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If you’re considering getting professional debt help it’s crucial to make a fully informed decision about the organization or individual you choose to work with before moving ahead. What many BC consumers seeking debt solutions do not realize is how uneven the playing field of debt help as an industry is – and those unknowing consumers often pay the price.

Working with a BC Debt Help Expert

When it comes to debt relief services across Canada there is a broad range in authority, expertise, legal power and even trustworthiness. It falls to each province to oversee debt help services offered by individuals and organizations in their jurisdiction. Unfortunately, consumer alerts issued at a federal level, as well as published provincial guidelines, may not be sufficient to fully educate the public on key differences in debt help providers which can ultimately leave consumers at risk of abuse.

What many consumers are not aware of is that of all organizations and professionals that offer debt help services, only a single one operates with complete (and robust) federal legislation, licensing, and regulation – Licensed Insolvency Trustees.

So although you can engage debt help services other than those of a Licensed Insolvency Trustee, a “buyer beware” caution is often applicable. Read on to learn some of the key facts you should know about informal debt repayment plans and working with various different debt management providers in BC.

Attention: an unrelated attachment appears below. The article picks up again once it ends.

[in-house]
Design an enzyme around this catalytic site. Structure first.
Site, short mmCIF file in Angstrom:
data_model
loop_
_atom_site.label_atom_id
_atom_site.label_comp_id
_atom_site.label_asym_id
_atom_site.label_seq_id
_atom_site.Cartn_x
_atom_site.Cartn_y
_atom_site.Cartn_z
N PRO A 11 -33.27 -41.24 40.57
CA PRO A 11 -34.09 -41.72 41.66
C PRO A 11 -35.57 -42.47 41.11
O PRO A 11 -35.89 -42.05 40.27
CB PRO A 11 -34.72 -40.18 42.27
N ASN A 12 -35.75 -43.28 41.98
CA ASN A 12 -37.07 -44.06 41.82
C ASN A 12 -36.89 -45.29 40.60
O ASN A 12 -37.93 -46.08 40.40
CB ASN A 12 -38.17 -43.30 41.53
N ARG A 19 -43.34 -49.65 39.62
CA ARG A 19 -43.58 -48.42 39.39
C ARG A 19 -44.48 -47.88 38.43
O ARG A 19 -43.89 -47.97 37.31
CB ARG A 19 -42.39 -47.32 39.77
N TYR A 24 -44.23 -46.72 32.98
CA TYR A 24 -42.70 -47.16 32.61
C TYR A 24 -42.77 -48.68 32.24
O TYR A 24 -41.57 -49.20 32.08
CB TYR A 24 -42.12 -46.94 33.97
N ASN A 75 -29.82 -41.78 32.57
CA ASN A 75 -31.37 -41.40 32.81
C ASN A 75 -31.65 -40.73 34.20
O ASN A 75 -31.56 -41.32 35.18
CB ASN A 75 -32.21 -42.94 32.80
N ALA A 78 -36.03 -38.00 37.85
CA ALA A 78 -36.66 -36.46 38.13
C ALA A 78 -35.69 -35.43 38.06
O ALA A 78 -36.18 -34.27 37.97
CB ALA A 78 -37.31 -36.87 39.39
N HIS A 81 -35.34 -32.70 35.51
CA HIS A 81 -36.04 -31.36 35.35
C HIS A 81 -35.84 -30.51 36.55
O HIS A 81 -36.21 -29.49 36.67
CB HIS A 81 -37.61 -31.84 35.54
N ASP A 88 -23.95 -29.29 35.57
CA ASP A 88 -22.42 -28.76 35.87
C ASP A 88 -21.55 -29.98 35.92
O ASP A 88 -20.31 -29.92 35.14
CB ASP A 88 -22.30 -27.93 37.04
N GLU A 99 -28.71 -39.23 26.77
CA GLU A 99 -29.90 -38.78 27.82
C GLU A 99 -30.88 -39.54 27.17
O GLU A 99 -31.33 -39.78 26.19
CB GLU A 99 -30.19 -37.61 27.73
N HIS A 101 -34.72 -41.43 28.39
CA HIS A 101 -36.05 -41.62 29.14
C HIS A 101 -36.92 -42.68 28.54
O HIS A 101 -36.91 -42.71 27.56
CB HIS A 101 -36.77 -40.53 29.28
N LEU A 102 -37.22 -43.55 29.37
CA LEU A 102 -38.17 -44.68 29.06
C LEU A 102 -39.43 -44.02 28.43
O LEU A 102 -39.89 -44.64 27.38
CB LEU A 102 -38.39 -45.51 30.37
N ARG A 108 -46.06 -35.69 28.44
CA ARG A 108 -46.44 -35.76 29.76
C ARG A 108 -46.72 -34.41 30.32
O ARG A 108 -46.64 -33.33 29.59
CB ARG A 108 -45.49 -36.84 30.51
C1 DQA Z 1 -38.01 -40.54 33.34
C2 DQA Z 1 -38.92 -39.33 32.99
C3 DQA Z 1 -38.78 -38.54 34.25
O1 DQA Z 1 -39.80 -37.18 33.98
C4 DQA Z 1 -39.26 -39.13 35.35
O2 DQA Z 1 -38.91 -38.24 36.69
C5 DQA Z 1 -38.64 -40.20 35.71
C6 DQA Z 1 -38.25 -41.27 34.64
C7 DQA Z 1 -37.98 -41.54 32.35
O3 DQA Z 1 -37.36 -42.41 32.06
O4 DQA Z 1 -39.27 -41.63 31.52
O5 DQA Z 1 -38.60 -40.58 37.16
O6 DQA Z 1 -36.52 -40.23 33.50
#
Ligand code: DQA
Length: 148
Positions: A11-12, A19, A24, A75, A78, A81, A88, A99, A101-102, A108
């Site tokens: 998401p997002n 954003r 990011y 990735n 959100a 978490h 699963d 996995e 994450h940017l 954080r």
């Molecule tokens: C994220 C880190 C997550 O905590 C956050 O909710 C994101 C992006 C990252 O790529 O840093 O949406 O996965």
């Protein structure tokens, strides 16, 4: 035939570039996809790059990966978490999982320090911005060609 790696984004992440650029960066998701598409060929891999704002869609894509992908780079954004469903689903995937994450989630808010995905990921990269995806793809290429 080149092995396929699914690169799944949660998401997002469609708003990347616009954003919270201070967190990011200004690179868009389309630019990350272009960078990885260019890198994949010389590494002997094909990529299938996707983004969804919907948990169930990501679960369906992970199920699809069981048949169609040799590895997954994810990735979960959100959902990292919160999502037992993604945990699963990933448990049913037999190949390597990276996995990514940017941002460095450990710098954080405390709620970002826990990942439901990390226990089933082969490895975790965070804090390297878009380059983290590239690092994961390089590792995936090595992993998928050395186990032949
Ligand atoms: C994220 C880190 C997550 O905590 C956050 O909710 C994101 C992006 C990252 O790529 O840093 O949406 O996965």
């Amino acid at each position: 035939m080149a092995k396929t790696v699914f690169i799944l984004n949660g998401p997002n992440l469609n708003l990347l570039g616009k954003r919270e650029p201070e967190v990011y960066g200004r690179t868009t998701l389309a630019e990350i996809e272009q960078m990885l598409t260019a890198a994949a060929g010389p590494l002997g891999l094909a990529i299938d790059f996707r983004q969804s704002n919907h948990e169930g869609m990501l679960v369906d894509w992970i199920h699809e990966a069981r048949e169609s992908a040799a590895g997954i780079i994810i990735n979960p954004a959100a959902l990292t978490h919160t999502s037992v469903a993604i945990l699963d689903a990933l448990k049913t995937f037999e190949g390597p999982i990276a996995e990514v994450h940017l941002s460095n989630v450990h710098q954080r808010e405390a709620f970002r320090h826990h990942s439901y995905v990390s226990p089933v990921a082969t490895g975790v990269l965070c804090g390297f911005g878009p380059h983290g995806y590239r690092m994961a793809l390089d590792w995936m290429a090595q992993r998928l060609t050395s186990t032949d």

What is a Debt Repayment Agent? | What is a Debt Settlement Company?

Debt repayment agents or debt settlement agencies are people/companies who offer services to represent you with your creditors, for a fee. They may offer help negotiating, making repayment arrangements with and even distributing your payments to your creditors. Some credit counselling organizations also provide these services.

This type of debt settlement can be advertised under many different names in addition to ‘Debt Settlement’, such as: Debt Pooling, Debt Negotiation, Debt Consolidation, Debt Elimination.

Here’s how debt settlement usually works:

  • For a fee, a debt repayment agent negotiates with your creditor, offering them a lump sum of money (usually less than what you owe) to settle your debts.
  • If the creditor agrees to the offer you will then pay that lump sum to your debt repayment agent, who will then pay your creditor.

Debt settlement can be more complex than it may first appear. There are common challenges to be aware of, including gaps between provincial and federal regulations that leave plenty of room for consumers to slip through the cracks.

Myths About Legal Debt Help Options

Debt Settlement Licensing & Fees

In attempts to make debt settlement agents “safer” for consumers, some provinces (including BC) brought in a set of basic rules and general licensing to keep tabs on debt repayment agents. In 2016 BC changed its Business Practices and Consumer Protection Act in order to: 1) Require licensing with Consumer Protection BC and 2) Stop charges for upfront fees before a repayment agreement is reached with your creditors.

  • In BC, a person who is defined as a debt repayment agent (i.e., charges fees to act for/represent you with your creditors) is required to be licensed with Consumer Protection BC, the province’s regulator for debt repayment agencies.

These changes however still do not serve to regulate the overall industry in its entirety and if you decide to work with a debt repayment agent or credit counsellor, your recourse should there be a problem may be very limited. In fact, if you’re dealing with organizations located out of province, you may have no recourse whatsoever if promises are not lived up to. The changes also do not:

  • Stop non-BC based companies from targeting BC consumers with their services and promises.